Well.

I got home from the “Well of Mercy” Friday evening. It is a wonderful and intentional place whose mission is to simply offer you somewhere safe to rest.  I tell people that  being there tends to give you exactly what you need, even if you are unaware of that need.

For me, I just needed some quiet, so I did not have a phone or a computer while I was away. Though both are permissible at the Well.  And, just as I suspected, the world went on turning with out my having either.

I am not criticizing technology; I love it. But sometimes having constant access to the seemingly ‘immediate’ begins to warp my brain and my soul. It can become an addiction and a compulsion for me. The need to always have my phone with me, the urgency I feel to respond to emails, the relief when I hear the ‘bell’ telling me I have an email or a text(that must mean that I matter), and the angst I feel when I’m not “connected.” It all has to be kept in check.

I opted not to talk for 48 hours which is also not mandatory at the Well of Mercy. This blew my youngest daughter away. She could not fathom me not speaking for two days. She asked me when I returned home, incredulously, “You mean, you really didn’t say anything!!?” “Well,” I said, “I did have to ask for a band aid.” And I thanked the cook for preparing meals for me, and washing my dishes.

But, I didn’t talk at the meals and they graciously had a ‘silent’ table set aside that over looked the back property. Which incidentally, is beautiful. It may sound a little rude, to be in a room full of people and not speak. Honestly, the first time I did it three years ago, it felt rude. I am a Southerner, after all.

But, it is not rude. It’s just what I needed. And the Sister’s and staff are very accepting and encouraging.

This was my third silent retreat, and it has taken me a long time(years) to get to where I enjoy and long for the quiet. My first solitude retreat was about five years ago, and I went on it with people from my church. The ‘silence’ ran from Friday evening til Sunday noon.

I got quiet around 9:00am on Sunday morning. The time leading up til then was a battle that raged in my mind and my soul. It was a very painful detox mostly because I was afraid of what the silence would bring. I even got so ‘spiritual’ as to resent everyone who was on the trip with me and their ability to be still.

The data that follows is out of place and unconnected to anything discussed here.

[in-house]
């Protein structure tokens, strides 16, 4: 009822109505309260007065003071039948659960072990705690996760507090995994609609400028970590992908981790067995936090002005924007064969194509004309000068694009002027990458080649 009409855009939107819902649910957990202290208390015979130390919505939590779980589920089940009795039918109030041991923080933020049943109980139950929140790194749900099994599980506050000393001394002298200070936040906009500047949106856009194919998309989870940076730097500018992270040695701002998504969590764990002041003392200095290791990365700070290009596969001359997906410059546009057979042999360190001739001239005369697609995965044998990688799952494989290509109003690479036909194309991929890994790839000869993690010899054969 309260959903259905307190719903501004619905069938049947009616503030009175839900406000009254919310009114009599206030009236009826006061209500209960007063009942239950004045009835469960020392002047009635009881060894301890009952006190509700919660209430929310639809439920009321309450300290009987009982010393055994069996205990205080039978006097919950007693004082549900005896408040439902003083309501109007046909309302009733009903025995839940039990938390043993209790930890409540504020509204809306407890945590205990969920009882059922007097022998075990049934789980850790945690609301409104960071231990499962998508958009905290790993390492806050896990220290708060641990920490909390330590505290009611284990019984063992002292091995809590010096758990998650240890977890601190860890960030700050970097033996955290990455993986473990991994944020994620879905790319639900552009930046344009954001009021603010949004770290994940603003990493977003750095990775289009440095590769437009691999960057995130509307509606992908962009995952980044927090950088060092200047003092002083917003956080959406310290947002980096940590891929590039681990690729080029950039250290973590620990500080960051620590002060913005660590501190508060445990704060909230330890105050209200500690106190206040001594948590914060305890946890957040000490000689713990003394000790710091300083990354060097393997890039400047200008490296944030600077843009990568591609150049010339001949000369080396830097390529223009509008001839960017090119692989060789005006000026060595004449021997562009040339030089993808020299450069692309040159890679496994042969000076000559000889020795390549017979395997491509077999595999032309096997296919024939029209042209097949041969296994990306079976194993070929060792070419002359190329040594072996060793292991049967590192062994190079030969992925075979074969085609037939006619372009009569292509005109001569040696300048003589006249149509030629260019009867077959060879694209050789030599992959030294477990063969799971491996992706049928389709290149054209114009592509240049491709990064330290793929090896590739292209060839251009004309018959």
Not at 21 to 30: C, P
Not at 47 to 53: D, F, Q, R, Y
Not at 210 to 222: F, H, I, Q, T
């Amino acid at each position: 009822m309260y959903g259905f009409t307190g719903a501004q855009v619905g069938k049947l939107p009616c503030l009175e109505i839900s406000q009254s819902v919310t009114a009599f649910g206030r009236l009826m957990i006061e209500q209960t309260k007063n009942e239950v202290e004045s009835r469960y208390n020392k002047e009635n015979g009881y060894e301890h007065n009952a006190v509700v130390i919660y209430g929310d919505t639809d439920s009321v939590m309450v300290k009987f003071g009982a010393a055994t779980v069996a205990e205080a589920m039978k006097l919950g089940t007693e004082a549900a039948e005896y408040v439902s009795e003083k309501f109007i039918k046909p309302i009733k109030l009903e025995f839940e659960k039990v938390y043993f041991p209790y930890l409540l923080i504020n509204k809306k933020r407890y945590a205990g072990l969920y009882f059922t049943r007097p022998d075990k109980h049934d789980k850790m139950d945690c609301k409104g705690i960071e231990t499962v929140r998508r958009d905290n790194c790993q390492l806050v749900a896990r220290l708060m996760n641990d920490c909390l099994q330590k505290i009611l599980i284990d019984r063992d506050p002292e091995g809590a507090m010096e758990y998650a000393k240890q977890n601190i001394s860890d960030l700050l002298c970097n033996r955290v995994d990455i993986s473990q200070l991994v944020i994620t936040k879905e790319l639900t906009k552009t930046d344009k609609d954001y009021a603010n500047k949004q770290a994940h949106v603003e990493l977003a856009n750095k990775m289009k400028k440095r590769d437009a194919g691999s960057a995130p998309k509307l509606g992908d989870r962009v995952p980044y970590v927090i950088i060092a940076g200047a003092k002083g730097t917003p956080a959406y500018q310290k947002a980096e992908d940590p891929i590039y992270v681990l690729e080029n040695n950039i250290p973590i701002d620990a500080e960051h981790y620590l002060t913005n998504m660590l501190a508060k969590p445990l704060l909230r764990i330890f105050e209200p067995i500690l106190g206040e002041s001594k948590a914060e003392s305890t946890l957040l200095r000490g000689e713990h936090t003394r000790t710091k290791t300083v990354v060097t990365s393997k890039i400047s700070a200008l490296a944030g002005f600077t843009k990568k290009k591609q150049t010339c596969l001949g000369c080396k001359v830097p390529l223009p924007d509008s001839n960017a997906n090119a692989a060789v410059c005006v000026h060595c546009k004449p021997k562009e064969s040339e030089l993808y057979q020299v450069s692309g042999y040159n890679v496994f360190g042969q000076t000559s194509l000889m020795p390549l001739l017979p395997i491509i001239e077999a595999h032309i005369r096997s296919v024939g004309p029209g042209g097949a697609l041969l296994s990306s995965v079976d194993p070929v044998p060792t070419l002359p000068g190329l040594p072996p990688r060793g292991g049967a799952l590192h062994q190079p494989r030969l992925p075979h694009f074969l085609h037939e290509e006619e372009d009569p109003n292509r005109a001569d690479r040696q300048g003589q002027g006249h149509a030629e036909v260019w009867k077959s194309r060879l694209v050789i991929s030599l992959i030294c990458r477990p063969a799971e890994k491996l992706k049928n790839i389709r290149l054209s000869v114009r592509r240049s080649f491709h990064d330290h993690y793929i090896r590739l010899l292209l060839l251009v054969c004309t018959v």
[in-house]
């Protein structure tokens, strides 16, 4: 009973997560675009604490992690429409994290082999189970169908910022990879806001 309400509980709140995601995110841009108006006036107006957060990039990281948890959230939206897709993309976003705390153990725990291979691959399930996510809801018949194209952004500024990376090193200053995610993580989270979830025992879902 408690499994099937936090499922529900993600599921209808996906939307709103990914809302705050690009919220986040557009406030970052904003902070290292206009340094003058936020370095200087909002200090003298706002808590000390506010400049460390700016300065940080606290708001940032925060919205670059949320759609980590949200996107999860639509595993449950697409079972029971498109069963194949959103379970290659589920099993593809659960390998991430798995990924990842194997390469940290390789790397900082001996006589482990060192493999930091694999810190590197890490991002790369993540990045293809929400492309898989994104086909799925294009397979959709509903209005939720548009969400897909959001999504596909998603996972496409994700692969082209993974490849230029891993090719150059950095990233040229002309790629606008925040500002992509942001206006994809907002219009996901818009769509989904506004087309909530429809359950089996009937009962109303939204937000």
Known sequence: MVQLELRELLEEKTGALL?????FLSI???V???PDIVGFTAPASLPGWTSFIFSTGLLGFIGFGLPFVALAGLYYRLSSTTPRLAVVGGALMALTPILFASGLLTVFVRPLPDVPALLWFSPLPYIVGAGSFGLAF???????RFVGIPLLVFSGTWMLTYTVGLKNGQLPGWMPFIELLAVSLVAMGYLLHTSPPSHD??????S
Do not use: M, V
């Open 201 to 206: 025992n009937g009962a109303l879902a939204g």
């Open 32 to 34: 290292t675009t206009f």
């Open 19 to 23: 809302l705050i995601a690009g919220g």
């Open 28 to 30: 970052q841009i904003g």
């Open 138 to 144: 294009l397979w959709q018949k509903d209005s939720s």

It was not one of my finer moments, but even then in my despair at ‘failing’ a silent retreat, the Lord met me with enormous tenderness and compassion in those last two hours.  That Sunday morning is a time in my life that I will never forget, and is an Ebenezer in my walk of faith. ( a remembering stone)

This past week, it only took me several hours to get settled.  I read, walked the trails that surrounded the property, napped, prayed, and just rested. I took a work of fiction, my Bible, and A Praying Life by Paul Miller.

I had read parts of A.P.L.  over the past few months, but having it with me while I was away allowed me to read it cover to cover. I am very excited about the prospect of this book in my life. Very Excited.

One thing that stood out to me in APL was when Paul Miller wrote Psalm 23 in  modern verse, taking out the “Shepherd” and everything He does for us. So much of the life I was living before I went away was without Him being close and me making small choices to be independent from Him.  It was destroying me, and after reading Psalm 23 with Him taken out…I understood why, and found it ironic that was the verse I left on my blog to illustrate my longing to get away.

I know  He has promised never to leave or forsake me, and I believe that. The dilemma was in  that it was me that was leaving and forsaking Him every time I pushed Him off to the side because of my business and constant need for distraction and affirmation from other places. So, my trip was a ‘stop, drop, and roll’ of the spiritual sort.

I have to tell you though, that I did not come back ‘fixed’. I came right back into the same busy schedule that I left behind for two days. The difference is the amount of perspective that I have now upon that busy schedule and some insight into what needs to stay, and what needs to go. I had enough distance to really see what was important to me for this season of my life and can now make adjustments accordingly.

So even though I am not fixed, I did come back….feeling ‘well.’

Paul Miller’s A Praying Life excerpt.

“Our modern, secular world has removed the Shepherd from Psalm 23. Look what happens to the psalm when you remove the Good Shepherd and everything he does:

The Lord is my shepherd; I shall not be in want. He makes me lie down in green pastures;

he leads me beside quiet waters; he restores my soul. He guides me in paths of righteousness for

my name’s sake; Even though I walk through the valley of the shadow of death,

I will fear no evil, for you are with me; your rod and your staff; they comfort

me. You prepare a table before me in the presence of my enemies.

You anoint my head with oil; my cup overflows; Surely goodness and

love will follow me all the days of my life, and I will dwell in the house of the Lord

forever. (NIV)”

I am truly thankful for a place that exists so close to my home where I can go to be ‘alone’ and feel safe at the same time. It is hard to do, but I never regret making space to go and be quiet so that I can once again hear the voice of the Good Shepherd.

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